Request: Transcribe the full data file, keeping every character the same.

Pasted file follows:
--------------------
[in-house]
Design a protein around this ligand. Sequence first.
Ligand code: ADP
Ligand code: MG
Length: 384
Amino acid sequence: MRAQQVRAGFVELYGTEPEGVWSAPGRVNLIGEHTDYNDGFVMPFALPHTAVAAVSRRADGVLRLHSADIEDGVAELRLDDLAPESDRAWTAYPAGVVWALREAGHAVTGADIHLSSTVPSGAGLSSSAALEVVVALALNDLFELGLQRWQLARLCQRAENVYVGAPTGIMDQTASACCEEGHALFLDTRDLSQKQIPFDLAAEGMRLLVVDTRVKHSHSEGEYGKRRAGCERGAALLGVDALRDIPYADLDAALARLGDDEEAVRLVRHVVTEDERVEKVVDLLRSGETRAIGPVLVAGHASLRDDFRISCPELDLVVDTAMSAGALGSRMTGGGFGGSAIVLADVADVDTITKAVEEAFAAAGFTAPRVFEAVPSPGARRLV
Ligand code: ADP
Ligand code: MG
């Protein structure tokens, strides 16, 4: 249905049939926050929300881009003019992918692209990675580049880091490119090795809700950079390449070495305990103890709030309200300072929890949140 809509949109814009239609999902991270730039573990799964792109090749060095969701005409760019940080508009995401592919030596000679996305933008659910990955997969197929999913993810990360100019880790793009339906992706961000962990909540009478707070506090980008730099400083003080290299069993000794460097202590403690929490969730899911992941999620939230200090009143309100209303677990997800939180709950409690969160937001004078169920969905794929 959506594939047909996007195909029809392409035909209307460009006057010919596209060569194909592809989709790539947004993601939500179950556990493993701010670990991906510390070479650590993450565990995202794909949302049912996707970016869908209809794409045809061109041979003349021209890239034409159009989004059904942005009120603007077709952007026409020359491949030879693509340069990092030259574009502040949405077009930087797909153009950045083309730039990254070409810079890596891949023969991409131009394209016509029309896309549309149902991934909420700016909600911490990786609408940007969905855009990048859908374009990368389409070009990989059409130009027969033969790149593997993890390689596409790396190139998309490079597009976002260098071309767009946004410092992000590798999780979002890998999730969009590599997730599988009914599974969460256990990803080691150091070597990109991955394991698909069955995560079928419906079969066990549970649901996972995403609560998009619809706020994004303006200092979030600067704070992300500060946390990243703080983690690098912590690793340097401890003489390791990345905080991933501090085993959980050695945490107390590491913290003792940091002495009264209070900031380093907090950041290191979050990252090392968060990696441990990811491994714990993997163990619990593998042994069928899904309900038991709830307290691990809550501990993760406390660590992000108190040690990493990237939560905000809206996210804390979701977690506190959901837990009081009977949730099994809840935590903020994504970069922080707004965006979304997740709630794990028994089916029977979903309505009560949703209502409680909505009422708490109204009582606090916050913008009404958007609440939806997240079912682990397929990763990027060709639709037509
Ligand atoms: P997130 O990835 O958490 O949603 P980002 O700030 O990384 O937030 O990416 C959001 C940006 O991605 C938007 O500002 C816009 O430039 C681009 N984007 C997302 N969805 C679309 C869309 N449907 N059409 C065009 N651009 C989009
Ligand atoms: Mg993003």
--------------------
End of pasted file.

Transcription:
[in-house]
Design a protein around this ligand. Sequence first.
Ligand code: ADP
Ligand code: MG
Length: 384
Amino acid sequence: MRAQQVRAGFVELYGTEPEGVWSAPGRVNLIGEHTDYNDGFVMPFALPHTAVAAVSRRADGVLRLHSADIEDGVAELRLDDLAPESDRAWTAYPAGVVWALREAGHAVTGADIHLSSTVPSGAGLSSSAALEVVVALALNDLFELGLQRWQLARLCQRAENVYVGAPTGIMDQTASACCEEGHALFLDTRDLSQKQIPFDLAAEGMRLLVVDTRVKHSHSEGEYGKRRAGCERGAALLGVDALRDIPYADLDAALARLGDDEEAVRLVRHVVTEDERVEKVVDLLRSGETRAIGPVLVAGHASLRDDFRISCPELDLVVDTAMSAGALGSRMTGGGFGGSAIVLADVADVDTITKAVEEAFAAAGFTAPRVFEAVPSPGARRLV
Ligand code: ADP
Ligand code: MG
């Protein structure tokens, strides 16, 4: 249905049939926050929300881009003019992918692209990675580049880091490119090795809700950079390449070495305990103890709030309200300072929890949140 809509949109814009239609999902991270730039573990799964792109090749060095969701005409760019940080508009995401592919030596000679996305933008659910990955997969197929999913993810990360100019880790793009339906992706961000962990909540009478707070506090980008730099400083003080290299069993000794460097202590403690929490969730899911992941999620939230200090009143309100209303677990997800939180709950409690969160937001004078169920969905794929 959506594939047909996007195909029809392409035909209307460009006057010919596209060569194909592809989709790539947004993601939500179950556990493993701010670990991906510390070479650590993450565990995202794909949302049912996707970016869908209809794409045809061109041979003349021209890239034409159009989004059904942005009120603007077709952007026409020359491949030879693509340069990092030259574009502040949405077009930087797909153009950045083309730039990254070409810079890596891949023969991409131009394209016509029309896309549309149902991934909420700016909600911490990786609408940007969905855009990048859908374009990368389409070009990989059409130009027969033969790149593997993890390689596409790396190139998309490079597009976002260098071309767009946004410092992000590798999780979002890998999730969009590599997730599988009914599974969460256990990803080691150091070597990109991955394991698909069955995560079928419906079969066990549970649901996972995403609560998009619809706020994004303006200092979030600067704070992300500060946390990243703080983690690098912590690793340097401890003489390791990345905080991933501090085993959980050695945490107390590491913290003792940091002495009264209070900031380093907090950041290191979050990252090392968060990696441990990811491994714990993997163990619990593998042994069928899904309900038991709830307290691990809550501990993760406390660590992000108190040690990493990237939560905000809206996210804390979701977690506190959901837990009081009977949730099994809840935590903020994504970069922080707004965006979304997740709630794990028994089916029977979903309505009560949703209502409680909505009422708490109204009582606090916050913008009404958007609440939806997240079912682990397929990763990027060709639709037509
Ligand atoms: P997130 O990835 O958490 O949603 P980002 O700030 O990384 O937030 O990416 C959001 C940006 O991605 C938007 O500002 C816009 O430039 C681009 N984007 C997302 N969805 C679309 C869309 N449907 N059409 C065009 N651009 C989009
Ligand atoms: Mg993003």